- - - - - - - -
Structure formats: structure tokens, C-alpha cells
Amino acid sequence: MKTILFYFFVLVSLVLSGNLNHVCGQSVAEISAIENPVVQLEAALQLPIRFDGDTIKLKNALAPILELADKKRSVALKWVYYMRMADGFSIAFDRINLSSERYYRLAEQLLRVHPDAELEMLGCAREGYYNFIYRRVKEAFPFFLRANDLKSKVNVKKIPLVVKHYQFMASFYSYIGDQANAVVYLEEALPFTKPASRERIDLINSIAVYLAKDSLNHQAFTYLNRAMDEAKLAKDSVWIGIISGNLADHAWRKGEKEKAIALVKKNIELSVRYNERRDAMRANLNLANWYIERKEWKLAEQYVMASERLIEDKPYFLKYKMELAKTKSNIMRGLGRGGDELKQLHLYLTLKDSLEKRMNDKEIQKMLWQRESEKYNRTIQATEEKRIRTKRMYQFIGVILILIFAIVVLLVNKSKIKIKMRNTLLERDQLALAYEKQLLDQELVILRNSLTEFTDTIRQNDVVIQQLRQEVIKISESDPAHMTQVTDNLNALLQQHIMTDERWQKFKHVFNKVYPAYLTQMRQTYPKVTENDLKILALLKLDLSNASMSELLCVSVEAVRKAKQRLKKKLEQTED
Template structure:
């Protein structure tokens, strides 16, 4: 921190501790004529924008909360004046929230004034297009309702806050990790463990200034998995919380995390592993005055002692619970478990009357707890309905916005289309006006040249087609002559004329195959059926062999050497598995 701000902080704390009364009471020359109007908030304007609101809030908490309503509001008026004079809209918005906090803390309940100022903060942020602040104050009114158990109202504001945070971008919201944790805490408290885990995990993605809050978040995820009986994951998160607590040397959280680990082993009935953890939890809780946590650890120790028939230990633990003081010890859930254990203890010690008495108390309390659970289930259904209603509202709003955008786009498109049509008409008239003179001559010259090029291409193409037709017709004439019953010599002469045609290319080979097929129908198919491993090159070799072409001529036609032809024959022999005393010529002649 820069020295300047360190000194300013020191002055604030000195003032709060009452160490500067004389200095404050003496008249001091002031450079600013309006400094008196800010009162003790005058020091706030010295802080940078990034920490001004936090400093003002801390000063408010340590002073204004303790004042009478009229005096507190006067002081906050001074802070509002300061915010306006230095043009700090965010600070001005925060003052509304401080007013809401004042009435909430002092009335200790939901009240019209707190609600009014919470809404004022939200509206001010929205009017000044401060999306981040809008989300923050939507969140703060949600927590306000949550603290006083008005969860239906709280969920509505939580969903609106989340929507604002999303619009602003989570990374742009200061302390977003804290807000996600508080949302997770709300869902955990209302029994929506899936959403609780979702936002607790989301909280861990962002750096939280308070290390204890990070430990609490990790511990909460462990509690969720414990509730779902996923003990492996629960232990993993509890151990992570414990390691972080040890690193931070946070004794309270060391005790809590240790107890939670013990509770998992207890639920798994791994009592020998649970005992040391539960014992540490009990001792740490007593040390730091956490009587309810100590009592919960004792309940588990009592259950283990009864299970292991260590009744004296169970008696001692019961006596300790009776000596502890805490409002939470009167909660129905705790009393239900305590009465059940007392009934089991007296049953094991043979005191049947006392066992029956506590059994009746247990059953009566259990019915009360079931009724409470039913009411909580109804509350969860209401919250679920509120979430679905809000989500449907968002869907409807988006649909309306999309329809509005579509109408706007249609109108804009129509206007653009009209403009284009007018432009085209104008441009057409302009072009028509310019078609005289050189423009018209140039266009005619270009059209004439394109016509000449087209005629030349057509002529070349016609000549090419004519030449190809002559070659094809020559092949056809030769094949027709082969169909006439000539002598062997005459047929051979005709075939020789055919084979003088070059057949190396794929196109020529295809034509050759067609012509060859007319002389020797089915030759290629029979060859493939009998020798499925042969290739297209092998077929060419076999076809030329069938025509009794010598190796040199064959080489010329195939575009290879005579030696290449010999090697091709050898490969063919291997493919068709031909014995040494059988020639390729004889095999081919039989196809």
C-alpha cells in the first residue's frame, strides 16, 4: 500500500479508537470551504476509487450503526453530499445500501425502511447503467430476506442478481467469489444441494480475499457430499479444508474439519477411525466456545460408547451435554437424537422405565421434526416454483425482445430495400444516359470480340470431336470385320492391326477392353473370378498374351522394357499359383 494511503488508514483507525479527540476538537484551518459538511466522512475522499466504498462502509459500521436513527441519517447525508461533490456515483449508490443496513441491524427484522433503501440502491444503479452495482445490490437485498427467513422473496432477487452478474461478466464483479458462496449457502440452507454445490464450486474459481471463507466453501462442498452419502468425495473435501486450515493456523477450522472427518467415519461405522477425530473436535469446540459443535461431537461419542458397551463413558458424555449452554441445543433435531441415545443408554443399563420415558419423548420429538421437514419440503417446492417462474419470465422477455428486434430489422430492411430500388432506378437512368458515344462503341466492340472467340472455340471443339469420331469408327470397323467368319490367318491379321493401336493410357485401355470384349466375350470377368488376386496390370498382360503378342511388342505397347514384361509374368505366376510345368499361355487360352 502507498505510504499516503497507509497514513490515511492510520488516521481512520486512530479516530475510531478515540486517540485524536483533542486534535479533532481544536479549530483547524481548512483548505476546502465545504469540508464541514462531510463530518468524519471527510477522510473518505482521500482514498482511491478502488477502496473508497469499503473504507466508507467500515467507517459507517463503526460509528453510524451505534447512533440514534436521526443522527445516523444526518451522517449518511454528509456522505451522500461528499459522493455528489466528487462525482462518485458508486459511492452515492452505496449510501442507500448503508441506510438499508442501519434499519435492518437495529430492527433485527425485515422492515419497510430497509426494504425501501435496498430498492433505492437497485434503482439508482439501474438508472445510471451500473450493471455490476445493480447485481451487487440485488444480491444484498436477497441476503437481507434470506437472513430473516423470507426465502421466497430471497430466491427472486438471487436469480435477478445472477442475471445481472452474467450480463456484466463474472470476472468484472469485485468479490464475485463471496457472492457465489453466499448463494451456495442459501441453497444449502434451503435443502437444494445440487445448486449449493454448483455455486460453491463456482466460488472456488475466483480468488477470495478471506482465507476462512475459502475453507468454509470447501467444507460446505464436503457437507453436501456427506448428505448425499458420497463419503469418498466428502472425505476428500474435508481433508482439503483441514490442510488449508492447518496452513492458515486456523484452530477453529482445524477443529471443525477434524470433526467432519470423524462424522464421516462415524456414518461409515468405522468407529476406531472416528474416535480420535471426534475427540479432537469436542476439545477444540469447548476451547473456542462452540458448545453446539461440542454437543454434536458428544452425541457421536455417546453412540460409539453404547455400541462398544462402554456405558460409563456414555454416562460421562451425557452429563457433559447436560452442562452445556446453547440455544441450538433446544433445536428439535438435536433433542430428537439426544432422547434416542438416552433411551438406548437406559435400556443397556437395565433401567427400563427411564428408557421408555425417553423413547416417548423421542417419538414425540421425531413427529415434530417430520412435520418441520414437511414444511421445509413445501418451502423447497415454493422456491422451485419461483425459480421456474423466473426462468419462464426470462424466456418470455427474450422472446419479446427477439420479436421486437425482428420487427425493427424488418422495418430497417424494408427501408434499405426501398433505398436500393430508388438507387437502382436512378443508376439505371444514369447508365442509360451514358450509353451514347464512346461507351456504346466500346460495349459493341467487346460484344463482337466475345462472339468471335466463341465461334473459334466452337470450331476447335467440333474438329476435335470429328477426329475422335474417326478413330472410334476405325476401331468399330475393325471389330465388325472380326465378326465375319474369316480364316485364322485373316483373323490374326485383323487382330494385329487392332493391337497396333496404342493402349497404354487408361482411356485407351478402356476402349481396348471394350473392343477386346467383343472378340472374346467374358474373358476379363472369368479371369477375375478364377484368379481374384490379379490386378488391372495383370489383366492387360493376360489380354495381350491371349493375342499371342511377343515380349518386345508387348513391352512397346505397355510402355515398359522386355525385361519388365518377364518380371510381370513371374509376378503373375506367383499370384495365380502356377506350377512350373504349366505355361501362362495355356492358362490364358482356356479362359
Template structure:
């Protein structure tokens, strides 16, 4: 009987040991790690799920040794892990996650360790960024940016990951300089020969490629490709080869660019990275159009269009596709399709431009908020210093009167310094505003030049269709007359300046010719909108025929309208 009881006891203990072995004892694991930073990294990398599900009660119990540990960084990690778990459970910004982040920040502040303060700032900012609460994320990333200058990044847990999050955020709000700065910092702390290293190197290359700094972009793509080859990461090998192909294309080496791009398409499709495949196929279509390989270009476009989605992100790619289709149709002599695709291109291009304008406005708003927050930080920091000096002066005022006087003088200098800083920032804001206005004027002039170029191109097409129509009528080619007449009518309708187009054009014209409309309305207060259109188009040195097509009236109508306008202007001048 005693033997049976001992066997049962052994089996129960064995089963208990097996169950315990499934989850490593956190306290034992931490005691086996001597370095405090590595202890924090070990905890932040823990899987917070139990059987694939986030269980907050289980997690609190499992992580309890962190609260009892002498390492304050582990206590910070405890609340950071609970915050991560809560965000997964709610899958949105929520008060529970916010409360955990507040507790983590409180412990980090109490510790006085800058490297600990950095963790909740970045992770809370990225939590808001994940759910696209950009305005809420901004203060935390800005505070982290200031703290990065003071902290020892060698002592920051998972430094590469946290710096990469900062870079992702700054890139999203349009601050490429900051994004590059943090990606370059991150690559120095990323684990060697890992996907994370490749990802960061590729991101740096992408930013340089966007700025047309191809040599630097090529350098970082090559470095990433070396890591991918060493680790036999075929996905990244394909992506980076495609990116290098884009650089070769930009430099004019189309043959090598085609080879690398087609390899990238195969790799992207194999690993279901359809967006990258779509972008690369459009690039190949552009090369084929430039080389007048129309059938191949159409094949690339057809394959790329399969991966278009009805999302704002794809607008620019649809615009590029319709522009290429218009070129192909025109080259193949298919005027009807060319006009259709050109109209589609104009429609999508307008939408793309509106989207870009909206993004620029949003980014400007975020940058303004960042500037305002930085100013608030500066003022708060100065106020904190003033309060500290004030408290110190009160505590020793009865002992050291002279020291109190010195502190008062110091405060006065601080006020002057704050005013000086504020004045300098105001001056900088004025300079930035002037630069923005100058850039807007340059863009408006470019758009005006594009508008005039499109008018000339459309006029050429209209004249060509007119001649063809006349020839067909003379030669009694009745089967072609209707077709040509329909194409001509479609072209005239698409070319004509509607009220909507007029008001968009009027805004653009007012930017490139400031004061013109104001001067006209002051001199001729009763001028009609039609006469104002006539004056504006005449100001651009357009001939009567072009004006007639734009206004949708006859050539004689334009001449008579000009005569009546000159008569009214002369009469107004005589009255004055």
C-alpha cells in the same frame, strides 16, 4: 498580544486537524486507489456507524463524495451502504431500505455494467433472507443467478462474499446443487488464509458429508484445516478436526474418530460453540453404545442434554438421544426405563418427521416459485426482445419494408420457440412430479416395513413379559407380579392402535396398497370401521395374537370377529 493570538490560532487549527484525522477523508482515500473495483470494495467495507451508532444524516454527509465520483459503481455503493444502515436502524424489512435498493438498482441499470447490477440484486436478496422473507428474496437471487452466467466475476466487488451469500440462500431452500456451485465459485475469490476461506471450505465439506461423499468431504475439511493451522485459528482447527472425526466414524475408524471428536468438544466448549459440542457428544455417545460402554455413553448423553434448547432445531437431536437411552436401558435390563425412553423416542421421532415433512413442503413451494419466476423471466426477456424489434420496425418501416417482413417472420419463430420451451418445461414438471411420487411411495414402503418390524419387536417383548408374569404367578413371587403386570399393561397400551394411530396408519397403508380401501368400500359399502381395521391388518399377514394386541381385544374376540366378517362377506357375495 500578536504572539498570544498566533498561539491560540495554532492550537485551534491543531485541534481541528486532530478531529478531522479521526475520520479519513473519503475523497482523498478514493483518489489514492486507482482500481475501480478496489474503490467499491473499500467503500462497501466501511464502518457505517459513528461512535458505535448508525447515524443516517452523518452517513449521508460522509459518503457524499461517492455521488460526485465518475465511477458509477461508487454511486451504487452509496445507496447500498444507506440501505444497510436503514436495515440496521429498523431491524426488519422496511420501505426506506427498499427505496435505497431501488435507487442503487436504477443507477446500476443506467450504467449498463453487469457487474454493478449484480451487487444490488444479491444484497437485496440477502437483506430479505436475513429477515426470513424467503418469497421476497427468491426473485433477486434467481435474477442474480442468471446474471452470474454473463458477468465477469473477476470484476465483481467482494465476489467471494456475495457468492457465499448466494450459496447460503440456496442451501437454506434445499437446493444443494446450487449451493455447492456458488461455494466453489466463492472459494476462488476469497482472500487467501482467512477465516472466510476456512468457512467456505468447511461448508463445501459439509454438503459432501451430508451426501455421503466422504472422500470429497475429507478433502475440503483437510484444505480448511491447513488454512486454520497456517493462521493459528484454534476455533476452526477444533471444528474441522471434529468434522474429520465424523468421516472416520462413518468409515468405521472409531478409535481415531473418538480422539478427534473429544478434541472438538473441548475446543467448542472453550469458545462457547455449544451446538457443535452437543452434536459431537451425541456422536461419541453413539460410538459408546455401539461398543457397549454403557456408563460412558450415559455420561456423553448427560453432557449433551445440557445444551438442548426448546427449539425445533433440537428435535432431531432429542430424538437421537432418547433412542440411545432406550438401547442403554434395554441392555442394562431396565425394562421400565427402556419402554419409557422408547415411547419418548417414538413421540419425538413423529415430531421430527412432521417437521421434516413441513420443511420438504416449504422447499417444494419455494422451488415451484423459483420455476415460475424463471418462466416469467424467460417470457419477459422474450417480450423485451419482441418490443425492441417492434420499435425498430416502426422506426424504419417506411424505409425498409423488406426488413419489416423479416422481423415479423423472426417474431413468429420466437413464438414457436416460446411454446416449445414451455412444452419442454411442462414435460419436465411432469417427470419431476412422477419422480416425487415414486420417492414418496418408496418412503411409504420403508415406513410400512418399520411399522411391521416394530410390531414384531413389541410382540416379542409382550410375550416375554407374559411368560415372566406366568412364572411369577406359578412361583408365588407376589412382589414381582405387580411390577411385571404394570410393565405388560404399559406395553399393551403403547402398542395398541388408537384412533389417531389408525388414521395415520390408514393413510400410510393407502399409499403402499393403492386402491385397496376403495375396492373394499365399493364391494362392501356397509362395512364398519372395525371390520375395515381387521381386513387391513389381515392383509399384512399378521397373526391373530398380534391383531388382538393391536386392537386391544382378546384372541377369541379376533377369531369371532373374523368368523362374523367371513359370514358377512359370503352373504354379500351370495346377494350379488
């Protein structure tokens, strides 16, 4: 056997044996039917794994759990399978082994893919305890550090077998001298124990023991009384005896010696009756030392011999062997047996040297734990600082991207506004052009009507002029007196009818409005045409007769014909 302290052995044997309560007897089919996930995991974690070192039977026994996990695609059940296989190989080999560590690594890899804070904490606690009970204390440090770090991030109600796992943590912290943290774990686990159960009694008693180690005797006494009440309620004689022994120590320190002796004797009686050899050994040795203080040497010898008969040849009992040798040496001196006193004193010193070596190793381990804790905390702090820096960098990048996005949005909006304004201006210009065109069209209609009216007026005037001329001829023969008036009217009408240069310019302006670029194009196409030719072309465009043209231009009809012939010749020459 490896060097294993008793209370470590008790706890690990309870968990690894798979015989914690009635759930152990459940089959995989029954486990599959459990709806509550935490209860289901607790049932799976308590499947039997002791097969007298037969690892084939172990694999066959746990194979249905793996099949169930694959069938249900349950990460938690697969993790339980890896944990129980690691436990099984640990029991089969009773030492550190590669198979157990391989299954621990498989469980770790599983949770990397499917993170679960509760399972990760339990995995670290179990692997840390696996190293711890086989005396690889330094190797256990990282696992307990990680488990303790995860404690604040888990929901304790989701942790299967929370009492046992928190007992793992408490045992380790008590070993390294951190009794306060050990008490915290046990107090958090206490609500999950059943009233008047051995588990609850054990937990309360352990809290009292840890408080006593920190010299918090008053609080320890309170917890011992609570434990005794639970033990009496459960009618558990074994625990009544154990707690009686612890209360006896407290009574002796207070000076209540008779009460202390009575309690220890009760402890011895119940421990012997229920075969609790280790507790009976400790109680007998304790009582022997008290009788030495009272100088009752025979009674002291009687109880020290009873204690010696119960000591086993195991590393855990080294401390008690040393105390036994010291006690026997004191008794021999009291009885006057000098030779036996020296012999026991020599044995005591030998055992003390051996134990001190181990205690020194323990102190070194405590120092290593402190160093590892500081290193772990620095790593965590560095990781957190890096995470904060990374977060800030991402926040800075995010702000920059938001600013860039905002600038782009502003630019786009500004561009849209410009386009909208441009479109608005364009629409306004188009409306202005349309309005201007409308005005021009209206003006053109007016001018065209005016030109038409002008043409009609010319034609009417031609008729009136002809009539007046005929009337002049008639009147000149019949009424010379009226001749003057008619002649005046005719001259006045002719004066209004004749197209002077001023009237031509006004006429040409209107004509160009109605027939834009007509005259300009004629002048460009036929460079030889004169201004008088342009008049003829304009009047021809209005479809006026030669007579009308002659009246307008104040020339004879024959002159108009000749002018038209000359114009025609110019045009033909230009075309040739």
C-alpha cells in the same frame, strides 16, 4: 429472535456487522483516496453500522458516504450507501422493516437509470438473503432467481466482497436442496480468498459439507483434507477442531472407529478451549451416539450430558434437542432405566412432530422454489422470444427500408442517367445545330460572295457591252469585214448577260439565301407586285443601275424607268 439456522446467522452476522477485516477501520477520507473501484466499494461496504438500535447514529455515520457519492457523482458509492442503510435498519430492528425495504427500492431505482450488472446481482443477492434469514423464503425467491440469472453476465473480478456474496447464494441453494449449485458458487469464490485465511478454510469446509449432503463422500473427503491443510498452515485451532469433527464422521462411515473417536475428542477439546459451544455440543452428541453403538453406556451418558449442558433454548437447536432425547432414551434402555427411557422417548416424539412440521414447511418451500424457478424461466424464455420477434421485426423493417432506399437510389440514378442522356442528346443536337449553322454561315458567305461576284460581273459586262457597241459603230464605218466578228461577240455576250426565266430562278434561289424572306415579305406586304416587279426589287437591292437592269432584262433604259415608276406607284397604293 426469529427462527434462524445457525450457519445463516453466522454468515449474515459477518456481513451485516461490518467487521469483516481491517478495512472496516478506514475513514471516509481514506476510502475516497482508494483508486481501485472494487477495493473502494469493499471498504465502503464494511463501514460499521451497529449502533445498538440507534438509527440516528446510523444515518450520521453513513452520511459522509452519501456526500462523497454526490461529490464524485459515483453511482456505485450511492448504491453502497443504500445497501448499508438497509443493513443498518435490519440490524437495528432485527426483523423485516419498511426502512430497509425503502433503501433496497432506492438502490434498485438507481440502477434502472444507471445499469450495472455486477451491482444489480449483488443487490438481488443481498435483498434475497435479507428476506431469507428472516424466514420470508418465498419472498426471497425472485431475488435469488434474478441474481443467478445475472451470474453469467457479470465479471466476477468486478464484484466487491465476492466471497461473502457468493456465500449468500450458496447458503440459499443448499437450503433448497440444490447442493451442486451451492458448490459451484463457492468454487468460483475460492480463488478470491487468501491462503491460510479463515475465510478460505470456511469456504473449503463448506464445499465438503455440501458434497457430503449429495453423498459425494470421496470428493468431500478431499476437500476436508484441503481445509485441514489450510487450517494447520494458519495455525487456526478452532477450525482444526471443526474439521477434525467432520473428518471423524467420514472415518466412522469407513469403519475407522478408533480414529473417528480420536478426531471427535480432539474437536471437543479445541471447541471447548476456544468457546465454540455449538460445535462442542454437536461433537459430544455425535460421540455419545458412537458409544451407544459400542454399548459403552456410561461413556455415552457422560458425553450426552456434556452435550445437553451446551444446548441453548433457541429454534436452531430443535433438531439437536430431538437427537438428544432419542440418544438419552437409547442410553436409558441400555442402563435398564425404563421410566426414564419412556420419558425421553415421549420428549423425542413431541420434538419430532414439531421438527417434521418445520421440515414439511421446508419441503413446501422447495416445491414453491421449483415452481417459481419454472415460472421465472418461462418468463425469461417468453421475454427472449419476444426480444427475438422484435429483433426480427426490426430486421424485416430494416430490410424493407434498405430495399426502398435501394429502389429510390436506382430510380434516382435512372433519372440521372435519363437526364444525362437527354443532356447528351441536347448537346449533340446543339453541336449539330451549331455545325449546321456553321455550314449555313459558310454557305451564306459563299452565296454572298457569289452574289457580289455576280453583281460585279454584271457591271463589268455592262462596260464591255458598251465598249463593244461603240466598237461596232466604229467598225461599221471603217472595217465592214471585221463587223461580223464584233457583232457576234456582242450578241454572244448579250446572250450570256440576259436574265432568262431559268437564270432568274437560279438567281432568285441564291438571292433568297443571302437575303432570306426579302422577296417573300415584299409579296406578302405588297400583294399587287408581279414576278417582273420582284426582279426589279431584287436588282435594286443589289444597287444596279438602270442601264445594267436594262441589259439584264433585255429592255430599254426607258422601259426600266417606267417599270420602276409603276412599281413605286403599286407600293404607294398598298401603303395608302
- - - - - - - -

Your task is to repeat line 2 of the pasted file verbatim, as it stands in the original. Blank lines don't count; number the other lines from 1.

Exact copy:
Amino acid sequence: MKTILFYFFVLVSLVLSGNLNHVCGQSVAEISAIENPVVQLEAALQLPIRFDGDTIKLKNALAPILELADKKRSVALKWVYYMRMADGFSIAFDRINLSSERYYRLAEQLLRVHPDAELEMLGCAREGYYNFIYRRVKEAFPFFLRANDLKSKVNVKKIPLVVKHYQFMASFYSYIGDQANAVVYLEEALPFTKPASRERIDLINSIAVYLAKDSLNHQAFTYLNRAMDEAKLAKDSVWIGIISGNLADHAWRKGEKEKAIALVKKNIELSVRYNERRDAMRANLNLANWYIERKEWKLAEQYVMASERLIEDKPYFLKYKMELAKTKSNIMRGLGRGGDELKQLHLYLTLKDSLEKRMNDKEIQKMLWQRESEKYNRTIQATEEKRIRTKRMYQFIGVILILIFAIVVLLVNKSKIKIKMRNTLLERDQLALAYEKQLLDQELVILRNSLTEFTDTIRQNDVVIQQLRQEVIKISESDPAHMTQVTDNLNALLQQHIMTDERWQKFKHVFNKVYPAYLTQMRQTYPKVTENDLKILALLKLDLSNASMSELLCVSVEAVRKAKQRLKKKLEQTED